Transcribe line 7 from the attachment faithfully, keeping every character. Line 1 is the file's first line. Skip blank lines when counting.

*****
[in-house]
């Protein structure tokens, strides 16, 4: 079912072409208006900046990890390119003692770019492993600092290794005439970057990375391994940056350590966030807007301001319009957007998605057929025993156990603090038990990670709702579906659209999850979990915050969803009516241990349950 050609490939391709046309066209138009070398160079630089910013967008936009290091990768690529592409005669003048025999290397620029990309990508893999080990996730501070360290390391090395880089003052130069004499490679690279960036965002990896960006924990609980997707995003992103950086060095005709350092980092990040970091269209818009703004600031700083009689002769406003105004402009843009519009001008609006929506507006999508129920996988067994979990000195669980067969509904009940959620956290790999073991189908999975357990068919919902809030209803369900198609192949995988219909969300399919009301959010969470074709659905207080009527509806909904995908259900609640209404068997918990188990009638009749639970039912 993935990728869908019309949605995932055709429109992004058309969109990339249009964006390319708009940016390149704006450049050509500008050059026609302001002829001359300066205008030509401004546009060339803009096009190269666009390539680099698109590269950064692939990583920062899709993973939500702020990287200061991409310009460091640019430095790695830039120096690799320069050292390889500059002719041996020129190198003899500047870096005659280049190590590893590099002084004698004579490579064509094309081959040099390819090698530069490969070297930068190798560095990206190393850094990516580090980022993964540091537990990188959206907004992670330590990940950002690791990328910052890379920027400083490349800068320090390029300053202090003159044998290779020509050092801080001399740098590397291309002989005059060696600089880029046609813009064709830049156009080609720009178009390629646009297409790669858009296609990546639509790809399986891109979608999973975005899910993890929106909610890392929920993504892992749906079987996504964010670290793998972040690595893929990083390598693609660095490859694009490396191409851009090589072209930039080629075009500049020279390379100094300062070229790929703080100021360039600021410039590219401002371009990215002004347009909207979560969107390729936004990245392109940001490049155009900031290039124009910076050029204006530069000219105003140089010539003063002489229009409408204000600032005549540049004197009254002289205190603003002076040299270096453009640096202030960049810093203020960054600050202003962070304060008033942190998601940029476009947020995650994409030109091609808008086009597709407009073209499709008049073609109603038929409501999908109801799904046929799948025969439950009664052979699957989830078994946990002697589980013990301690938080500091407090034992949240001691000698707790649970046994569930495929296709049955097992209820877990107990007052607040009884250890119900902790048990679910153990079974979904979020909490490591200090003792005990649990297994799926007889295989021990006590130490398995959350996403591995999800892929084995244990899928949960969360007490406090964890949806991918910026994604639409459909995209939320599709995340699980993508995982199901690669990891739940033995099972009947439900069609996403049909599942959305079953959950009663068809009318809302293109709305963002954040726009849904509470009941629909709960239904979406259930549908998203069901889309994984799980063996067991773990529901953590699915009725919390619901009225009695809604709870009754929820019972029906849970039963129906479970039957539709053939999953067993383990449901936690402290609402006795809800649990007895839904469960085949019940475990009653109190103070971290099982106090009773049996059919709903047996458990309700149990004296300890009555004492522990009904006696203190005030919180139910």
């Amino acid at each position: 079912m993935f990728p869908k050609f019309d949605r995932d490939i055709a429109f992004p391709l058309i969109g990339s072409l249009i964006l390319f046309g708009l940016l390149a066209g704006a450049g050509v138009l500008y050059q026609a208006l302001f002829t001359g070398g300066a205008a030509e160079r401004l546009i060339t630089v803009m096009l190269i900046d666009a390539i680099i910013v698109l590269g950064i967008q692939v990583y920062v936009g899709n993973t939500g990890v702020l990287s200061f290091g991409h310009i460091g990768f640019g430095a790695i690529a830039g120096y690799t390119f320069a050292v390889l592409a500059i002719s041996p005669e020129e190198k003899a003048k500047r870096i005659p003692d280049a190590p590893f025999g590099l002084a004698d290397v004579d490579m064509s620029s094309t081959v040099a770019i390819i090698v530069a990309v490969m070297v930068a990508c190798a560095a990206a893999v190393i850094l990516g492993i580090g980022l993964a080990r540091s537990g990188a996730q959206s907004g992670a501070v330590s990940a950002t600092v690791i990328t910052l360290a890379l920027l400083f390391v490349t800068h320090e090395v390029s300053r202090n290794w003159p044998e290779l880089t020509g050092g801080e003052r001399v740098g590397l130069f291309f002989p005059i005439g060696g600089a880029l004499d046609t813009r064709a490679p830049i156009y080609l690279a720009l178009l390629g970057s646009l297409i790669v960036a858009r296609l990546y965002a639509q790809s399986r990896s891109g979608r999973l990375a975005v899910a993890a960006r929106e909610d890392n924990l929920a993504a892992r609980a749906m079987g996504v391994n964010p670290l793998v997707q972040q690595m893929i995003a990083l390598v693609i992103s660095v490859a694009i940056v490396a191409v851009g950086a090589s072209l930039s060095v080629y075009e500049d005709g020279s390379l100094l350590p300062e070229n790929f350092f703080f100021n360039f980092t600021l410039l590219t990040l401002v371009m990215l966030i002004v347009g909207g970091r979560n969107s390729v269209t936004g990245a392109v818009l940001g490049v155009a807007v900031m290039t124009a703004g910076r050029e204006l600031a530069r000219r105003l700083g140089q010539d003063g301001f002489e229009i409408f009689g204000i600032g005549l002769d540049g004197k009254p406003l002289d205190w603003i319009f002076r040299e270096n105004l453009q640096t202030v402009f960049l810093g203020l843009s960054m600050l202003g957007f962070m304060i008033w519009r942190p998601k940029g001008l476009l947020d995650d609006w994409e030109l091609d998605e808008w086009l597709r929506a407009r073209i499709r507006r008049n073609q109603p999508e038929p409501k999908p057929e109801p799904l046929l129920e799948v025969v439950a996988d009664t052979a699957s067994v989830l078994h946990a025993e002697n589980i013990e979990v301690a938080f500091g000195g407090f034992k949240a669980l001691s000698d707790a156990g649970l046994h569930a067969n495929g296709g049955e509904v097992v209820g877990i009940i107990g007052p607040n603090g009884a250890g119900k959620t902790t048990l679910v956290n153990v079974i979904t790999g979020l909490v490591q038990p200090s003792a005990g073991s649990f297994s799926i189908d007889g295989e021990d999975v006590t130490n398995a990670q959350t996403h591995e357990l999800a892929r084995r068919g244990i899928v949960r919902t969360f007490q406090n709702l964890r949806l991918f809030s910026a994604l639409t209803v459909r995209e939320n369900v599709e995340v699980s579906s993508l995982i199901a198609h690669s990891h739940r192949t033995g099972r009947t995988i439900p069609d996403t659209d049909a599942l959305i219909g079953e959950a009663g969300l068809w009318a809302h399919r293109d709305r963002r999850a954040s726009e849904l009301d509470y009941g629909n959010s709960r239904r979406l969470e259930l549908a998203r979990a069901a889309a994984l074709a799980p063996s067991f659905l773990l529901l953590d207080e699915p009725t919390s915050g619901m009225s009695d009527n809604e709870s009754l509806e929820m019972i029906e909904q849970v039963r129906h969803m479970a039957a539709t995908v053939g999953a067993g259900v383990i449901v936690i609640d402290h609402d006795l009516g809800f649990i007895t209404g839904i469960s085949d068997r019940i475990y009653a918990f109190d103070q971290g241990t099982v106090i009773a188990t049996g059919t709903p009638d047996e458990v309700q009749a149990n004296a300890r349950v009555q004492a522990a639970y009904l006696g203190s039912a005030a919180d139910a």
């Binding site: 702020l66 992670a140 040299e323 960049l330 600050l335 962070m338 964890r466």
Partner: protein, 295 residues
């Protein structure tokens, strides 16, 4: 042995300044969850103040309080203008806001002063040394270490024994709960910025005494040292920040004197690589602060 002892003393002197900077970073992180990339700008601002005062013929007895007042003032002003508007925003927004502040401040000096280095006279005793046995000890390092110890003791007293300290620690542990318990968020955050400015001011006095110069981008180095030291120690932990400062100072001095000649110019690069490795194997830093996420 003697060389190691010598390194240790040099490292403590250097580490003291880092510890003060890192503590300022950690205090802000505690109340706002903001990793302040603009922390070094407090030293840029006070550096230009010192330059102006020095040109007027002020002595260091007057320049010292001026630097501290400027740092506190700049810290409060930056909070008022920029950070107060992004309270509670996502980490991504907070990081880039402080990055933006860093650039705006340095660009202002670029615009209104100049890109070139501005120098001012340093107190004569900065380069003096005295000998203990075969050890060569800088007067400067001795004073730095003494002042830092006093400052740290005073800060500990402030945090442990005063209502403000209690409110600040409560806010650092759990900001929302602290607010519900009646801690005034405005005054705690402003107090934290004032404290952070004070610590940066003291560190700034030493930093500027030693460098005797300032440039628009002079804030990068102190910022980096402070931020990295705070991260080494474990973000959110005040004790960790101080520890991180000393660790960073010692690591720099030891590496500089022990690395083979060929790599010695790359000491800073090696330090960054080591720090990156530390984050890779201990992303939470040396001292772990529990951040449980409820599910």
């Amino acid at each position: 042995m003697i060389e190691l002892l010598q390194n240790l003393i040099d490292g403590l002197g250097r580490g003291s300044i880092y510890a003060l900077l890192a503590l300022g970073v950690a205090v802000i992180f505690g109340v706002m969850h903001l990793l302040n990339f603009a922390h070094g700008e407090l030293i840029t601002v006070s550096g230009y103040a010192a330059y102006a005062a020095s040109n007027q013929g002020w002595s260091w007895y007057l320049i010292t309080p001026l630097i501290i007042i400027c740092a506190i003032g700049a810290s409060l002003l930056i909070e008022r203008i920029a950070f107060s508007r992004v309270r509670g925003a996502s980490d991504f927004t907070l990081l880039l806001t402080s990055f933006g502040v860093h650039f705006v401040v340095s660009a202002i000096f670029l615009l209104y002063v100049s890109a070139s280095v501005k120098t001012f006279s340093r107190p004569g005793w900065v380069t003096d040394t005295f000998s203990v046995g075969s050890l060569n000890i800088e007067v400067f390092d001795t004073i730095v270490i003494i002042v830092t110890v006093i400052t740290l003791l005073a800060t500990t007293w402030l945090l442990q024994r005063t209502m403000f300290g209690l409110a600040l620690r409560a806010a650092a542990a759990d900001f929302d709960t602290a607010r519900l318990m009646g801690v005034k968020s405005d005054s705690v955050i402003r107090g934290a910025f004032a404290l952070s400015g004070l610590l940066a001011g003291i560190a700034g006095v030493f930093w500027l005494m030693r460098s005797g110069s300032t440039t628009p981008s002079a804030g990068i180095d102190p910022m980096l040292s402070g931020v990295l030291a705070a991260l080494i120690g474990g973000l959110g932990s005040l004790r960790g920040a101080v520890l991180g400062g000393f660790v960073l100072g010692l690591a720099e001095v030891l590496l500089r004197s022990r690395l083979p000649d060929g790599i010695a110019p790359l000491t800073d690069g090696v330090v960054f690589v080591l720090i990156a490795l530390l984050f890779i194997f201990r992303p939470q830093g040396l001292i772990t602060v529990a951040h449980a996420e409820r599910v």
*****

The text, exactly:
């Amino acid at each position: 042995m003697i060389e190691l002892l010598q390194n240790l003393i040099d490292g403590l002197g250097r580490g003291s300044i880092y510890a003060l900077l890192a503590l300022g970073v950690a205090v802000i992180f505690g109340v706002m969850h903001l990793l302040n990339f603009a922390h070094g700008e407090l030293i840029t601002v006070s550096g230009y103040a010192a330059y102006a005062a020095s040109n007027q013929g002020w002595s260091w007895y007057l320049i010292t309080p001026l630097i501290i007042i400027c740092a506190i003032g700049a810290s409060l002003l930056i909070e008022r203008i920029a950070f107060s508007r992004v309270r509670g925003a996502s980490d991504f927004t907070l990081l880039l806001t402080s990055f933006g502040v860093h650039f705006v401040v340095s660009a202002i000096f670029l615009l209104y002063v100049s890109a070139s280095v501005k120098t001012f006279s340093r107190p004569g005793w900065v380069t003096d040394t005295f000998s203990v046995g075969s050890l060569n000890i800088e007067v400067f390092d001795t004073i730095v270490i003494i002042v830092t110890v006093i400052t740290l003791l005073a800060t500990t007293w402030l945090l442990q024994r005063t209502m403000f300290g209690l409110a600040l620690r409560a806010a650092a542990a759990d900001f929302d709960t602290a607010r519900l318990m009646g801690v005034k968020s405005d005054s705690v955050i402003r107090g934290a910025f004032a404290l952070s400015g004070l610590l940066a001011g003291i560190a700034g006095v030493f930093w500027l005494m030693r460098s005797g110069s300032t440039t628009p981008s002079a804030g990068i180095d102190p910022m980096l040292s402070g931020v990295l030291a705070a991260l080494i120690g474990g973000l959110g932990s005040l004790r960790g920040a101080v520890l991180g400062g000393f660790v960073l100072g010692l690591a720099e001095v030891l590496l500089r004197s022990r690395l083979p000649d060929g790599i010695a110019p790359l000491t800073d690069g090696v330090v960054f690589v080591l720090i990156a490795l530390l984050f890779i194997f201990r992303p939470q830093g040396l001292i772990t602060v529990a951040h449980a996420e409820r599910v």